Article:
For years now, I’ve struggled with finding my artistic voice. The conflict wasn’t obvious to me immediately. Little by little, it would seep out, by way of questioning and self-doubt. I’d catch myself wondering, is this good enough? Am I good enough? Constantly, I was torn between doing what came naturally, versus doing what I thought others wanted to see. High expectations of oneself and one’s work is a double-edged sword. At its worst, it blinds us and we forget why we embarked on this artistic journey in the first place.
This body of work was a conscientious experiment in letting the subconscious take control. Rather than focusing on what I could see or what I knew to be true, I allowed myself to create without judgment. By ignoring my own preconceptions and expectations, I uncovered a pathway for artistic connections to flourish. My deliberately spontaneous approach made me uncomfortable at first. An intentional effort was made to resist the urge in correcting and overthinking every mark. Eventually, a realization occurred. I stopped searching and hoping for visual queues and instead, let them reveal on their own. This newly found creative freedom resulted in truly organic forms, with no distinct beginning or end.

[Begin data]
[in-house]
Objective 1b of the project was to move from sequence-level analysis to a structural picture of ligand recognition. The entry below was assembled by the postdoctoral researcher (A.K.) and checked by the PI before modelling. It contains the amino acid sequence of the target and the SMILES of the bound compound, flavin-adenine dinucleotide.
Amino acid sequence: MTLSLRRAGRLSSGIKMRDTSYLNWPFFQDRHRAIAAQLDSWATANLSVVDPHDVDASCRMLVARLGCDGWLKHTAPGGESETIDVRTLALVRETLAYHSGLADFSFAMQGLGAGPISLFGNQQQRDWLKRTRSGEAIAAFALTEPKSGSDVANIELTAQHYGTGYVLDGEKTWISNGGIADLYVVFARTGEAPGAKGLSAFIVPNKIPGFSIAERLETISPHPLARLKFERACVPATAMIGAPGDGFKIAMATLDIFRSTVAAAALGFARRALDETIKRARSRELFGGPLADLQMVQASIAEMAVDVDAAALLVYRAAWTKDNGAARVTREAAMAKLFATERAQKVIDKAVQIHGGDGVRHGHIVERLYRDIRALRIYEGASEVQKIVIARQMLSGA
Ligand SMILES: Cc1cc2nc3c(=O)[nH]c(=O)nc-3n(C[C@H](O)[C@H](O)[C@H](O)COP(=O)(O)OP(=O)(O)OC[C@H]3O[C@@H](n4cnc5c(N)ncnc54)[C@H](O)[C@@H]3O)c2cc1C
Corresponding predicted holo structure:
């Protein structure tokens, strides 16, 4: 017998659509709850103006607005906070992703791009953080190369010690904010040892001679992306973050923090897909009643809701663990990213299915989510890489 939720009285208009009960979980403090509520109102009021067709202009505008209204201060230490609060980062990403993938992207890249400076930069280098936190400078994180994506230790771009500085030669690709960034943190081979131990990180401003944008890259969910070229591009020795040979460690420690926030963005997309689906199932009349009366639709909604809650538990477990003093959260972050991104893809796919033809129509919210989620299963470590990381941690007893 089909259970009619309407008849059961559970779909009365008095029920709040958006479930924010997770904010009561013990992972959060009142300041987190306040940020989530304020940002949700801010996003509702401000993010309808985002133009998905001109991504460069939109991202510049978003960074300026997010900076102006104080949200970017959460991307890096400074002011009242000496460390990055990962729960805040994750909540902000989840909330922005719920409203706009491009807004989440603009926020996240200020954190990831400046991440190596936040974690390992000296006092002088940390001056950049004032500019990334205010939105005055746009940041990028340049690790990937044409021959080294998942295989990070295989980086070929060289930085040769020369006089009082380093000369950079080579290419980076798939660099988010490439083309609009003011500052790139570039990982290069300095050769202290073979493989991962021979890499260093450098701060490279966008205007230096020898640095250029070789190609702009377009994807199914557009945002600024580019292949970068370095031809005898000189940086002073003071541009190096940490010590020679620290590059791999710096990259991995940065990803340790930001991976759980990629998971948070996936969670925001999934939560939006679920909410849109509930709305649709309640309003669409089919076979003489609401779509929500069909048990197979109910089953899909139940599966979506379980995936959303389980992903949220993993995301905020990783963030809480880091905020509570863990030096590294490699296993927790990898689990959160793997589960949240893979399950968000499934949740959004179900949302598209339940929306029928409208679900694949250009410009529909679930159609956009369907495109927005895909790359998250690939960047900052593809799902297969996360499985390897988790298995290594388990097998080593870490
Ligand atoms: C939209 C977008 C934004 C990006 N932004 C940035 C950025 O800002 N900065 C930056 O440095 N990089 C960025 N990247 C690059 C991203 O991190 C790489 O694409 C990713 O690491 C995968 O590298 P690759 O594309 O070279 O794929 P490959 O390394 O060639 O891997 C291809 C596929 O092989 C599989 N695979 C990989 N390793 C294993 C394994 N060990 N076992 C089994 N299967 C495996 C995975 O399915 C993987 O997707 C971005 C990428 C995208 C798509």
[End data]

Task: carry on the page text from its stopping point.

May was born in Los Angeles, California, to Chinese immigrants. Her family came to the Bay Area when she was about two and settled into Marin County. From there on, she would have to move a dozen more times - jumping from school to school, adjusting to different neighborhoods, and making new friends along the way. Change became a constant, leaving a permanent impression on her approach to art. She finds endless inspiration in her natural surroundings and has a fondness for human anatomy. Her work has been featured at the de Young and SFMOMA museum stores in San Francisco, under the name TIMMY MAYS.
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Check back soon, as we will be adding more artwork from the show soon!